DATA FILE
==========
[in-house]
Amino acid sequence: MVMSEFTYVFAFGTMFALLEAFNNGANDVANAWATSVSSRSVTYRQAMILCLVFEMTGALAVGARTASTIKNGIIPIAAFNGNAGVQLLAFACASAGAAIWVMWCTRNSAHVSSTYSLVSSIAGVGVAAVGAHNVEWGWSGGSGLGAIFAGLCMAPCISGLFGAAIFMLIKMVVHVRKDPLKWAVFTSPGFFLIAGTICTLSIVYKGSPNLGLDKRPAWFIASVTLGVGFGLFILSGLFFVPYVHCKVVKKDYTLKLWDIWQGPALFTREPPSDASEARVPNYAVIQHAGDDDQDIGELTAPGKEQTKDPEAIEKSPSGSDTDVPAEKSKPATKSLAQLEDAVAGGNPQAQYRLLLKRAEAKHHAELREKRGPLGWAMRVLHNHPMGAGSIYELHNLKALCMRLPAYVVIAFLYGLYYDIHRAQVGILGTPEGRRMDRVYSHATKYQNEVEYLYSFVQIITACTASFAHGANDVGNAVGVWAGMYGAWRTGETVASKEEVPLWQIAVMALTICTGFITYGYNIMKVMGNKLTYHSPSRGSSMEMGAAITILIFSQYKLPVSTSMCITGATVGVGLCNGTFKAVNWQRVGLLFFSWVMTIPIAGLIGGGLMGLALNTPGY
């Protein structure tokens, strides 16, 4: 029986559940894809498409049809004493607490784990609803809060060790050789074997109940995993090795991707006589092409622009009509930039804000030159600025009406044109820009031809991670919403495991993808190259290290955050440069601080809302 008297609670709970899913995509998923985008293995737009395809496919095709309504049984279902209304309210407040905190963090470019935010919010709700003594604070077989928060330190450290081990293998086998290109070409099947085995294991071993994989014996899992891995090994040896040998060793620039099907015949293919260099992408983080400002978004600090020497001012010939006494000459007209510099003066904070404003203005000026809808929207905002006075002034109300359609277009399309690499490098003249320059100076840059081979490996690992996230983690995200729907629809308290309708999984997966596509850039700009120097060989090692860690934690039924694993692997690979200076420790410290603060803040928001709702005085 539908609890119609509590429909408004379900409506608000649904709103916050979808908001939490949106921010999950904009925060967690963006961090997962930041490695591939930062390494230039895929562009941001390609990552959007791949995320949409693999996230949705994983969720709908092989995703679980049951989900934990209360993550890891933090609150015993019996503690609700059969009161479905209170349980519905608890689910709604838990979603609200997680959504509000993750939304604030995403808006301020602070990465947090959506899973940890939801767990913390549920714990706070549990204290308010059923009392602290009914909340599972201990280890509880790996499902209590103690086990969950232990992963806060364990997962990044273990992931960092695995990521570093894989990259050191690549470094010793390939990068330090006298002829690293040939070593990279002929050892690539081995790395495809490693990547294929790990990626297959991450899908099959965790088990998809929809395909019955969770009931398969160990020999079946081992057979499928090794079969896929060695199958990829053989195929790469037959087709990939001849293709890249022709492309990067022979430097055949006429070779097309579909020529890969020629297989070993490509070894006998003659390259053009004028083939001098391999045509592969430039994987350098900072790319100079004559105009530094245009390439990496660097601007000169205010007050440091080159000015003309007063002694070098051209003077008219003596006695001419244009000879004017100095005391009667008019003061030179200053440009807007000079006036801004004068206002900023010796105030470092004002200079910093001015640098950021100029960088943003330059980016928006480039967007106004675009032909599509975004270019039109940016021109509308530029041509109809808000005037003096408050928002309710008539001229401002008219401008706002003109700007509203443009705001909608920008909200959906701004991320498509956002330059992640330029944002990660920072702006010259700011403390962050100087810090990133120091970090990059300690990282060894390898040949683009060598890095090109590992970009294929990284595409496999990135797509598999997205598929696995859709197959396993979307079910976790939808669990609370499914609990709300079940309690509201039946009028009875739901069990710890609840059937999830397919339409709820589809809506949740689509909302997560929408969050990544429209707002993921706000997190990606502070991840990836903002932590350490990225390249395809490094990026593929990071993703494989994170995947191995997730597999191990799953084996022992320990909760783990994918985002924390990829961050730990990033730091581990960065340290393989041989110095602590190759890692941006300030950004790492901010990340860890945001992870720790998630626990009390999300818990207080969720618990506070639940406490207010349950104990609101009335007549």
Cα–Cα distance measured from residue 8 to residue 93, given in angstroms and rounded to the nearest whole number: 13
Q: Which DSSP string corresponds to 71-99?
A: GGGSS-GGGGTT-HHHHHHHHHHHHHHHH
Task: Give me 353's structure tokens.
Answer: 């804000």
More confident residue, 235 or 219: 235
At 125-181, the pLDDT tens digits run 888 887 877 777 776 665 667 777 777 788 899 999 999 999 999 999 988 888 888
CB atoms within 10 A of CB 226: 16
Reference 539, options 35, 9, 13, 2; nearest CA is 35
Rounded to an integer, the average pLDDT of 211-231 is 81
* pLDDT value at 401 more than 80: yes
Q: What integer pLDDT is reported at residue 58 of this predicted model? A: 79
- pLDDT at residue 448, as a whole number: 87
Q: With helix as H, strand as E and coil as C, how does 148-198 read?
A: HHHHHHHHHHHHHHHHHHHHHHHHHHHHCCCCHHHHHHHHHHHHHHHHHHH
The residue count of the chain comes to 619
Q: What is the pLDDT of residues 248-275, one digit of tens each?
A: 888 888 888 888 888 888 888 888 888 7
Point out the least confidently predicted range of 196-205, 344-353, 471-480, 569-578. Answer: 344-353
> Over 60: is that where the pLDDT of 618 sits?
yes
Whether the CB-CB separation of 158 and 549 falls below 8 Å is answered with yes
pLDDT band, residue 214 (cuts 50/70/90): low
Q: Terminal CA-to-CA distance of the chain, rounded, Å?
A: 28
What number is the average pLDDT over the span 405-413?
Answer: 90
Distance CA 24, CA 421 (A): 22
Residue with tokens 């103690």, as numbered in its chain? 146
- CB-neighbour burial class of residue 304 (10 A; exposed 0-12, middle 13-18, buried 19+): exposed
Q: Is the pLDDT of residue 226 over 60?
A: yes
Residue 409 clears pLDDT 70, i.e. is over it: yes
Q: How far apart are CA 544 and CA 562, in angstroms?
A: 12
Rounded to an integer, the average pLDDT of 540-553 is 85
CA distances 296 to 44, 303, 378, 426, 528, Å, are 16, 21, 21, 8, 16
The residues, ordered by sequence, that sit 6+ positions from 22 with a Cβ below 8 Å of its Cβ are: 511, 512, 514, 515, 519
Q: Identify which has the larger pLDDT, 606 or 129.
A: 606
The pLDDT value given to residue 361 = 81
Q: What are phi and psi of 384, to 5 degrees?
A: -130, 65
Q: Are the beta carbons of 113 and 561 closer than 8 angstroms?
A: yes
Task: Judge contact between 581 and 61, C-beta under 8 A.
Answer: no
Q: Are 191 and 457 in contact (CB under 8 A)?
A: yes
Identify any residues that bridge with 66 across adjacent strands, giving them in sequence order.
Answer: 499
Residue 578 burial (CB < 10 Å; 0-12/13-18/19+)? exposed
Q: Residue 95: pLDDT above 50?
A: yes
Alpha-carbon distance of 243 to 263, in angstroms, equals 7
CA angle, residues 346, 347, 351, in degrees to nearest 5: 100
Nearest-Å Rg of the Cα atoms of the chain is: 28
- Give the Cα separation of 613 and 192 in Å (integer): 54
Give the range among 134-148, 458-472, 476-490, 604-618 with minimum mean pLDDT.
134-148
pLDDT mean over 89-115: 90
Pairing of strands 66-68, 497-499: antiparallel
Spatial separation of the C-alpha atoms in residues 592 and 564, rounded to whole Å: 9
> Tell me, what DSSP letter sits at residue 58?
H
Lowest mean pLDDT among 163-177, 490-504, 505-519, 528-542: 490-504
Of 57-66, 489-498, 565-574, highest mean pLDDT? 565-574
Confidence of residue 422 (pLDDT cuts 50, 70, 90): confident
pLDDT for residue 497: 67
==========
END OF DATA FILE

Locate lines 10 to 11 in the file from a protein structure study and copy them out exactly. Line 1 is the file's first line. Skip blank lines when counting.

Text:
At 125-181, the pLDDT tens digits run 888 887 877 777 776 665 667 777 777 788 899 999 999 999 999 999 988 888 888
CB atoms within 10 A of CB 226: 16